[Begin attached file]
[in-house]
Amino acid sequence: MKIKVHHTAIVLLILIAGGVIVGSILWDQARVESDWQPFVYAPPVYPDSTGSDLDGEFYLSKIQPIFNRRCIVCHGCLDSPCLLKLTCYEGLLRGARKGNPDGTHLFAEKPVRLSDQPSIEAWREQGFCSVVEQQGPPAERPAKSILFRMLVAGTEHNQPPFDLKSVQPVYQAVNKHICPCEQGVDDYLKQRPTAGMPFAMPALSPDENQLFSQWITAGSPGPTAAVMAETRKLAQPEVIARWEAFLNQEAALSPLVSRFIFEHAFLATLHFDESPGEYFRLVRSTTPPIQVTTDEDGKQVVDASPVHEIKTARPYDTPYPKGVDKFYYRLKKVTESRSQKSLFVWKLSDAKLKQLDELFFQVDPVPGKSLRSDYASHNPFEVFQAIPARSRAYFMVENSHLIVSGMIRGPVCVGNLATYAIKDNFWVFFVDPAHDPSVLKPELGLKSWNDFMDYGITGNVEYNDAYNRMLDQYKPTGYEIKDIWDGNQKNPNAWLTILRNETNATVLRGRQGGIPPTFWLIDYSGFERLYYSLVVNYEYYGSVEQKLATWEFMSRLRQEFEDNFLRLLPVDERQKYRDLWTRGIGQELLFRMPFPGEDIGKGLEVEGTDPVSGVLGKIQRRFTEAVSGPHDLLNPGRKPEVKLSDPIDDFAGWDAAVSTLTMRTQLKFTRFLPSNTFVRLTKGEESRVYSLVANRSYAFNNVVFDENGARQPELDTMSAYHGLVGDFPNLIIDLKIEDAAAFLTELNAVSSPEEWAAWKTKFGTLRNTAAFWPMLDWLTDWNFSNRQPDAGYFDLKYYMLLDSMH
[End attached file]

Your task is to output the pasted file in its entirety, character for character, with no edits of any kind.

[in-house]
Amino acid sequence: MKIKVHHTAIVLLILIAGGVIVGSILWDQARVESDWQPFVYAPPVYPDSTGSDLDGEFYLSKIQPIFNRRCIVCHGCLDSPCLLKLTCYEGLLRGARKGNPDGTHLFAEKPVRLSDQPSIEAWREQGFCSVVEQQGPPAERPAKSILFRMLVAGTEHNQPPFDLKSVQPVYQAVNKHICPCEQGVDDYLKQRPTAGMPFAMPALSPDENQLFSQWITAGSPGPTAAVMAETRKLAQPEVIARWEAFLNQEAALSPLVSRFIFEHAFLATLHFDESPGEYFRLVRSTTPPIQVTTDEDGKQVVDASPVHEIKTARPYDTPYPKGVDKFYYRLKKVTESRSQKSLFVWKLSDAKLKQLDELFFQVDPVPGKSLRSDYASHNPFEVFQAIPARSRAYFMVENSHLIVSGMIRGPVCVGNLATYAIKDNFWVFFVDPAHDPSVLKPELGLKSWNDFMDYGITGNVEYNDAYNRMLDQYKPTGYEIKDIWDGNQKNPNAWLTILRNETNATVLRGRQGGIPPTFWLIDYSGFERLYYSLVVNYEYYGSVEQKLATWEFMSRLRQEFEDNFLRLLPVDERQKYRDLWTRGIGQELLFRMPFPGEDIGKGLEVEGTDPVSGVLGKIQRRFTEAVSGPHDLLNPGRKPEVKLSDPIDDFAGWDAAVSTLTMRTQLKFTRFLPSNTFVRLTKGEESRVYSLVANRSYAFNNVVFDENGARQPELDTMSAYHGLVGDFPNLIIDLKIEDAAAFLTELNAVSSPEEWAAWKTKFGTLRNTAAFWPMLDWLTDWNFSNRQPDAGYFDLKYYMLLDSMH